Athletics at Colleges and Universities Show Muscle; More to Come
Pundits are all over the mental landscape analyzing the student revolt at the University of Missouri, which has already deposed the system’s president and will soon, if not already, cause the abdication of the school’s chancellor.
The revolt appears far from over.
It is fitting that it is occurring in the nation’s heartland, instead of in New York’s slums, giving it a chance to effect real change, as it spreads to colleges and universities across the nation.
I believe the key to the success in Missouri is that organizers of campus disruption and eventual control hit upon the idea of using sports as a major vehicle. It is proving fruitful.
Mainstream media’s elite, intellectual commentators are not equipped to realize what is going on in Missouri with regard to almost anything, and especially not sports.
At Mizzou last week at least 30 black football players, according to one report, struck and said they wouldn’t participate in team activities until the president capitulated.
President Tim Wolfe resigned Monday, Nov. 9, at a school board meeting, and reportedly slunk gracefully from the building.
At least one news report states that the students’ protests were praised by White House press secretary Josh Earnest. He said the protesters showed that “a few people standing up and speaking out can have a profound impact on the places where we live and work.”
Earnest also seemed to be urging the revolting rebels forward when he added that it would require continued “hard work” to ensure that progress continued at the university and discussed similar debates occurring in other universities, such as Yale University.
Very few realize the extent of the value of sports among average fans and those not-so-average, especially in places like Missouri and in the Deep South.
In many institutions across the nation college sports take precedent over academics; pursuing diversity is more important than teaching. Those practices are also fully in place in most high schools and even in many middle schools.
It’s not too far-fetched to suggest that many fans of high school football will unhesitatingly forego Friday night drunken sex orgies to rant at Friday night football; come winter, gyms are usually filled to overflowing, drunk and sober; all proficient in profanity.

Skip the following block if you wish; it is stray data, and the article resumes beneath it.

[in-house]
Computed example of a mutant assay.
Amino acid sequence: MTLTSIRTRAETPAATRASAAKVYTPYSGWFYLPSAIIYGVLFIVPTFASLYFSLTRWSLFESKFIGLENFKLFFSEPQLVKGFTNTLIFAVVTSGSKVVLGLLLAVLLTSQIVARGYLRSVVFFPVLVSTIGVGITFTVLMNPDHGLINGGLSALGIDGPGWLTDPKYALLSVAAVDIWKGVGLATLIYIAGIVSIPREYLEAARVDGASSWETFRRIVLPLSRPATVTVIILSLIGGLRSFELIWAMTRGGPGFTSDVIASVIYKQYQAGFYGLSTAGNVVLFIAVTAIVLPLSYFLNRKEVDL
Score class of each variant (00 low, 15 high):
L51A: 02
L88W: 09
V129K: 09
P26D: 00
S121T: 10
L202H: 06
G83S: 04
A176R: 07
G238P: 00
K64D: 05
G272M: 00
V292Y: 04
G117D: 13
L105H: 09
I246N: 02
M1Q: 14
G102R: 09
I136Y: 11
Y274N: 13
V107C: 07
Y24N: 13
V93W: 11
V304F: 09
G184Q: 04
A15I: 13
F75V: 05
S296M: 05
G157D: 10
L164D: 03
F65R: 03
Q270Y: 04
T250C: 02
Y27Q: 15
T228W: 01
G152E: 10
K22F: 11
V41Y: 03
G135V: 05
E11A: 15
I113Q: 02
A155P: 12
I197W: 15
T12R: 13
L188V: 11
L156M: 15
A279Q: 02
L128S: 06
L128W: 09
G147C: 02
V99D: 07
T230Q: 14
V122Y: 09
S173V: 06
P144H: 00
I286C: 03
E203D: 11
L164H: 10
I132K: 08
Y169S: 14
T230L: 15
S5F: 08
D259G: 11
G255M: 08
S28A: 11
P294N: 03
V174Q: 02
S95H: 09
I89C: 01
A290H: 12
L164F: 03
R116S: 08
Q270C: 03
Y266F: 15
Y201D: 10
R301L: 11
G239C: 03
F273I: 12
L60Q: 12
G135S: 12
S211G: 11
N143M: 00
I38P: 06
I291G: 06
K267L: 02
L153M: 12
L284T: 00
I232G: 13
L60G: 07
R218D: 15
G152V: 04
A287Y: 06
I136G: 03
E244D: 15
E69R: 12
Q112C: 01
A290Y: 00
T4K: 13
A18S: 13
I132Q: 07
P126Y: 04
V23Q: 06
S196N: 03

In secondary schools and in high institutions of higher learning, gymnasium courts and football fields are dominated by black players and (in high schools) a growing number of Hispanics. It matters not what race, class or creed, winning is everything.
It also wouldn’t be too far-fetched to imagine that some schools have to bus in white players from other districts in order to have a user-friendly white player on event programs and in recruitment packages. It also could be that high school sports powerhouses are paying local farmers to allow a 300-pounder or a seven-footer to occupy a space in their mini-vans on their trips to South America to pick up illegal immigrants to work on their farms.
In most states non-citizens vote, so why does a talented athlete need permission from the government to reside on college campuses and play games there.
But, all seriousness aside, one must not forget that, especially at college football and basketball games, spectator seating areas are a sea of white faces.
As protesters move forward, efforts may be made to effect a situation where the event spectator racial ratio is the same as the player racial ratio. Ergo, ten percent white on the court requires 90 percent black in the bleachers. Granted that may be difficult if, for example, all basketball players on a team and all football players on a team are black, as is often the case. The public might not accept the exclusion of all white fans, especially at college games.
After all, most of the viewers at college games are either white white collar workers, there because of a corporation perk, which is tax deductible for the company. Or the fan might be a financial donor to the school’s athletic program, also tax deductible.
L.E. Brown, Jr. is a columnist based in Magnolia, N.C. Contact him at [email protected]
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